Working With People Who Have Cerebral Palsy:

Growing up, I spent a lot of time with various professionals, including physical therapists, special education teachers, and physiatrists. I am very fortunate to have known many excellent professionals who have helped make life with CP easier. There are some things that I’d like professionals to understand when working with people who have Cerebral Palsy.

One of the most challenging aspects of living with Cerebral Palsy for me is fatigue. If I’m tired during a PT session, know that I’m not trying to get out of therapy early. Everyday tasks take much more energy for me. When it comes to physical activity, I use much more energy than my nondisabled peers.

According to the American Academy for Cerebral Palsy and Developmental Medicine, due to the way CP affects the way people move, people who have cerebral palsy may have to use 3 to 5 times more energy to perform the same amount of work as their peers in terms of effort, persistence, muscle control, and concentration. Even at rest, people with CP have to work hard. Using a walker is tiring, so I get fatigued quickly. If you are a PT, bear in mind that the typical session can be exhausting for patients with Cerebral Palsy.

Chronic pain is also present in my daily life. I have spasticity, which can cause pain. If I’m not as engaged one day during therapy, it’s usually because I am experiencing spasticity or pain. During these times, I need my therapists to be patient and understanding. Be gentle if I tell you that I am in pain. If we need to stop mid-session sometimes, that is okay.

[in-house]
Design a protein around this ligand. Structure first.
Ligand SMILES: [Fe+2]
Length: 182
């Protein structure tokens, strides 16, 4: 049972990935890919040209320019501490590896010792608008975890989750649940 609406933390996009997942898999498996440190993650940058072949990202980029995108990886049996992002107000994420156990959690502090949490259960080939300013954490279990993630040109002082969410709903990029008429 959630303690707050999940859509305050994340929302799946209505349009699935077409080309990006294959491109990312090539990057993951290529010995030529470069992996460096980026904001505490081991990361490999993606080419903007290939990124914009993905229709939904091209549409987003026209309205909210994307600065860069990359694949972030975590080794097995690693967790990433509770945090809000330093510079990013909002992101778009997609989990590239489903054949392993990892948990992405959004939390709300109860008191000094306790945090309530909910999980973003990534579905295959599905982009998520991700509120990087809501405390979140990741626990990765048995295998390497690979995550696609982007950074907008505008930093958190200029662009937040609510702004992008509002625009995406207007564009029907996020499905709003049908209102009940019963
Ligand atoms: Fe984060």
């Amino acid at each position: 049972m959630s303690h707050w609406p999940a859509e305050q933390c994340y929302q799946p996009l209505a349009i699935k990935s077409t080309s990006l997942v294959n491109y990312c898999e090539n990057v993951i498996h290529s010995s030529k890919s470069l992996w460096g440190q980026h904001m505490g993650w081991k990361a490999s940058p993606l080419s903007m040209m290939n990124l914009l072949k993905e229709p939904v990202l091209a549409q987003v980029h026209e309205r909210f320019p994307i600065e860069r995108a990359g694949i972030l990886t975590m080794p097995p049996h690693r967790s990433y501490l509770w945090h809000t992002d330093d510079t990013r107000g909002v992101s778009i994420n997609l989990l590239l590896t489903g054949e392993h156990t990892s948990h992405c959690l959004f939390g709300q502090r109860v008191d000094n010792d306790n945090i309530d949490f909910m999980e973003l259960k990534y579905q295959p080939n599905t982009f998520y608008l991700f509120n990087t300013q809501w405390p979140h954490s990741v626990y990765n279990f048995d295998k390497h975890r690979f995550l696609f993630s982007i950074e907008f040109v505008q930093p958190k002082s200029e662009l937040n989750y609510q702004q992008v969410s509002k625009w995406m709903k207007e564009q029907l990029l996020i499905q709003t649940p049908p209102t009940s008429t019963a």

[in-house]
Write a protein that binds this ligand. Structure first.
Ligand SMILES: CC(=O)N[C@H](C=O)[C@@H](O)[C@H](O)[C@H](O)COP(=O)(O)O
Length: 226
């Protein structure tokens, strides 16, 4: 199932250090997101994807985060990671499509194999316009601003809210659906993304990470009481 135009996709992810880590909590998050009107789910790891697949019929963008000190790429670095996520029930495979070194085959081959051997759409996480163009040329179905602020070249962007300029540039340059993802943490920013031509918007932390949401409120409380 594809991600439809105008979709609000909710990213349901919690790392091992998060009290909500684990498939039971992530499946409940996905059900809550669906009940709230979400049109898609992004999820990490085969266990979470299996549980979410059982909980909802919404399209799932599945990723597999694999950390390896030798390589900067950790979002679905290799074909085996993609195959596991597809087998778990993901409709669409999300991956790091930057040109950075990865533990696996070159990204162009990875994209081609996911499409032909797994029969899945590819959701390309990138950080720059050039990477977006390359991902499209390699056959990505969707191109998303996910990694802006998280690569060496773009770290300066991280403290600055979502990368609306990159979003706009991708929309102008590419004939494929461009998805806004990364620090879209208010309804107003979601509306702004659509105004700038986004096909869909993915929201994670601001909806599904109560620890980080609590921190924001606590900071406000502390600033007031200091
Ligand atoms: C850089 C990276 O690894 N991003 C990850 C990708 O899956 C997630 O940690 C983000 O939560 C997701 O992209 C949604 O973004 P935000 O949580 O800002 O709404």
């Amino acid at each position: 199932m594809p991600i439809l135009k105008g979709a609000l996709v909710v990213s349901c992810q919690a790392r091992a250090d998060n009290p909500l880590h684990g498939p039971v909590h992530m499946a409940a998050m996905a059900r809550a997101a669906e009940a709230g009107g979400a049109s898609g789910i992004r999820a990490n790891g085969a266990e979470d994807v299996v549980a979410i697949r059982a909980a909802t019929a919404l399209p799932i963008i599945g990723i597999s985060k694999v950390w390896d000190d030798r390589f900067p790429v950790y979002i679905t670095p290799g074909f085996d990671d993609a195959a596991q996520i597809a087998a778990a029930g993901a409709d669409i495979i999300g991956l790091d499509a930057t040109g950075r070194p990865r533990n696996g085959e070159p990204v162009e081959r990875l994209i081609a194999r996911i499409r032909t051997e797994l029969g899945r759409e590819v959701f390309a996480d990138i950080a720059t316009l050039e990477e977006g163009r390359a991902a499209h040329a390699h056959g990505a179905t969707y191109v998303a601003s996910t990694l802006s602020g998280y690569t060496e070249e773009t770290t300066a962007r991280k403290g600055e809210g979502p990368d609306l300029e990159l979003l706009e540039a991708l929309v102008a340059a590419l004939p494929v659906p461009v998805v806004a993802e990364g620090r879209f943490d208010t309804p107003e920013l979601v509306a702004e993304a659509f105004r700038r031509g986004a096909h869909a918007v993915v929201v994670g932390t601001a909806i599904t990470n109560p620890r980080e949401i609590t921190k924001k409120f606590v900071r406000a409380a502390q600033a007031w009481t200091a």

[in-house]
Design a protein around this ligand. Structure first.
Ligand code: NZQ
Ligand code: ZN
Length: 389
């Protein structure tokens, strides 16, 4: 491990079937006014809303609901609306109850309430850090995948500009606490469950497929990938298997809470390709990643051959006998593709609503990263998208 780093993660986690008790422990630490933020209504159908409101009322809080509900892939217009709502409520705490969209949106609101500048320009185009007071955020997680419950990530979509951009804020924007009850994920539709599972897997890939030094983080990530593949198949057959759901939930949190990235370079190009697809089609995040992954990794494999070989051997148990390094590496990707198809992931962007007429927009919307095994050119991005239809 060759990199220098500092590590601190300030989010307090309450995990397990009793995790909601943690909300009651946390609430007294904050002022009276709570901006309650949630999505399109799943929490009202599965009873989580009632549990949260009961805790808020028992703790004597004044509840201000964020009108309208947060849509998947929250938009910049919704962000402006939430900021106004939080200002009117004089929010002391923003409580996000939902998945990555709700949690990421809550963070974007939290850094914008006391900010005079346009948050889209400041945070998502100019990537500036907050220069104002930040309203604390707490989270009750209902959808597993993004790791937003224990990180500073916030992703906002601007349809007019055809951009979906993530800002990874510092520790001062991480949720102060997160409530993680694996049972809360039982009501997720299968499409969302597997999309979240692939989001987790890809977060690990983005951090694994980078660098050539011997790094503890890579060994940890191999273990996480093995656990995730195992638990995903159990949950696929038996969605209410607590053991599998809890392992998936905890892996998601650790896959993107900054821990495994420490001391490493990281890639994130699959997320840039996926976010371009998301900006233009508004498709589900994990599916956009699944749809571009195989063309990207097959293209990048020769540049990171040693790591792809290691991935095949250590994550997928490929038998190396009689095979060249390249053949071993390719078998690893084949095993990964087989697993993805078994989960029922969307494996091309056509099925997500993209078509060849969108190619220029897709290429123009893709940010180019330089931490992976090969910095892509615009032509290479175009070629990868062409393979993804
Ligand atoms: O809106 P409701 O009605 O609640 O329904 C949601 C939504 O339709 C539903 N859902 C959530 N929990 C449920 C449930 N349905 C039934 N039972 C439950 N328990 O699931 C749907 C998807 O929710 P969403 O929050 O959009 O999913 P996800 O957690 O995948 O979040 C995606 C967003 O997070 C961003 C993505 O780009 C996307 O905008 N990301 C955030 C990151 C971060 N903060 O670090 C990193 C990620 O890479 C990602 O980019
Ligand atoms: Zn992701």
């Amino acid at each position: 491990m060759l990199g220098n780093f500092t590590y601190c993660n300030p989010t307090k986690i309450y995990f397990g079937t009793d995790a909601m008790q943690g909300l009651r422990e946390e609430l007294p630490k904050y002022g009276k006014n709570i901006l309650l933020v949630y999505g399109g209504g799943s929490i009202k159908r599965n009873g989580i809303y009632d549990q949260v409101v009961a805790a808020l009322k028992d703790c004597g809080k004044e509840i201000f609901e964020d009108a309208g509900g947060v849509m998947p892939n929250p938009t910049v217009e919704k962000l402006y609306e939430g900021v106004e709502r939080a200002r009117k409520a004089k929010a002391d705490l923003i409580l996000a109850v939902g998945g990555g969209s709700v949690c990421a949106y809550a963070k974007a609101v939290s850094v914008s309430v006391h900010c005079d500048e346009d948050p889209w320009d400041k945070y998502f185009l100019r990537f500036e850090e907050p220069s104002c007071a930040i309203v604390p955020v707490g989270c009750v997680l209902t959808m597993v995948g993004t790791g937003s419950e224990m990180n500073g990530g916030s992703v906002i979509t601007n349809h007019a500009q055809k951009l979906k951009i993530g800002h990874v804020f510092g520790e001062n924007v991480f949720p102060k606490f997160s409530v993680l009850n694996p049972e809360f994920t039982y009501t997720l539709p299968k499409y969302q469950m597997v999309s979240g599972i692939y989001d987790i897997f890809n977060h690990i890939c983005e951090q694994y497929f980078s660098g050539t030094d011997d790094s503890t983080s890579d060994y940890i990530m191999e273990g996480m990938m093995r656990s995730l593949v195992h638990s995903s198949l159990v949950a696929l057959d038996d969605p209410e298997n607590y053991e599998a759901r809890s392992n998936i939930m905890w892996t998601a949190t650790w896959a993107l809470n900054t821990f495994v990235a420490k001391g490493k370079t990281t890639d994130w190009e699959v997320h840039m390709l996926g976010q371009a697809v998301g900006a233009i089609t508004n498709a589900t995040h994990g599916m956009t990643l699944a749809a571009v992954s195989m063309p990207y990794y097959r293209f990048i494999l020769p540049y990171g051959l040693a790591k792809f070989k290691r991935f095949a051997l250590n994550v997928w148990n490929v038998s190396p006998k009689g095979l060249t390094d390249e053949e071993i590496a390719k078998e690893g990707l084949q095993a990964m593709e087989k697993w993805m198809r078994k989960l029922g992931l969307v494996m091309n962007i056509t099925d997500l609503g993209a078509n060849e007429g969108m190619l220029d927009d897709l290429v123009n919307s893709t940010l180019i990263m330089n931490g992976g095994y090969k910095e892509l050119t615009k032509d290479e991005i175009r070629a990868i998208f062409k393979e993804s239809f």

Cerebral Palsy affected my mathematical ability and visual-spatial skills as well. If you ask me to do a maze or look at an optical illusion, chances are it will be nearly impossible for me to figure out. This doesn’t mean that I’m not intelligent in other ways. I’ll never be a physicist or the next Albert Einstein, but I could be an author, poet, or teacher. Disabled people, like all people, have their strengths and weaknesses in life.

More than anything, I want professionals to understand that I’m capable of making decisions and discussing my healthcare independently. I will have a PCA with me at my appointments, but please don’t ask them questions about me. I am the patient, so speak directly to me. I’m 22-years-old, and I deserve to be spoken to like an adult.

I am no different than any other person you work with, except for the fact that I have Cerebral Palsy. Get to know people’s interests too. My physical therapist and I usually talk about sports, TV shows, or restaurants during our sessions. This puts me at ease with him and ensures that he knows that I am more than a diagnosis on a piece of paper.

People with Cerebral Palsy are human beings, regardless of their diagnosis. We are worth getting to know when you work with us. Every person with CP is different. However, we are all worthy of dignity and respect.


“Cerebral Palsy AND Post-Impairment Syndrome.” Edited by Gina Jansheski, Cerebral Palsy Guidance, Cerebral Palsy Guidance, 19 Sept. 2020,

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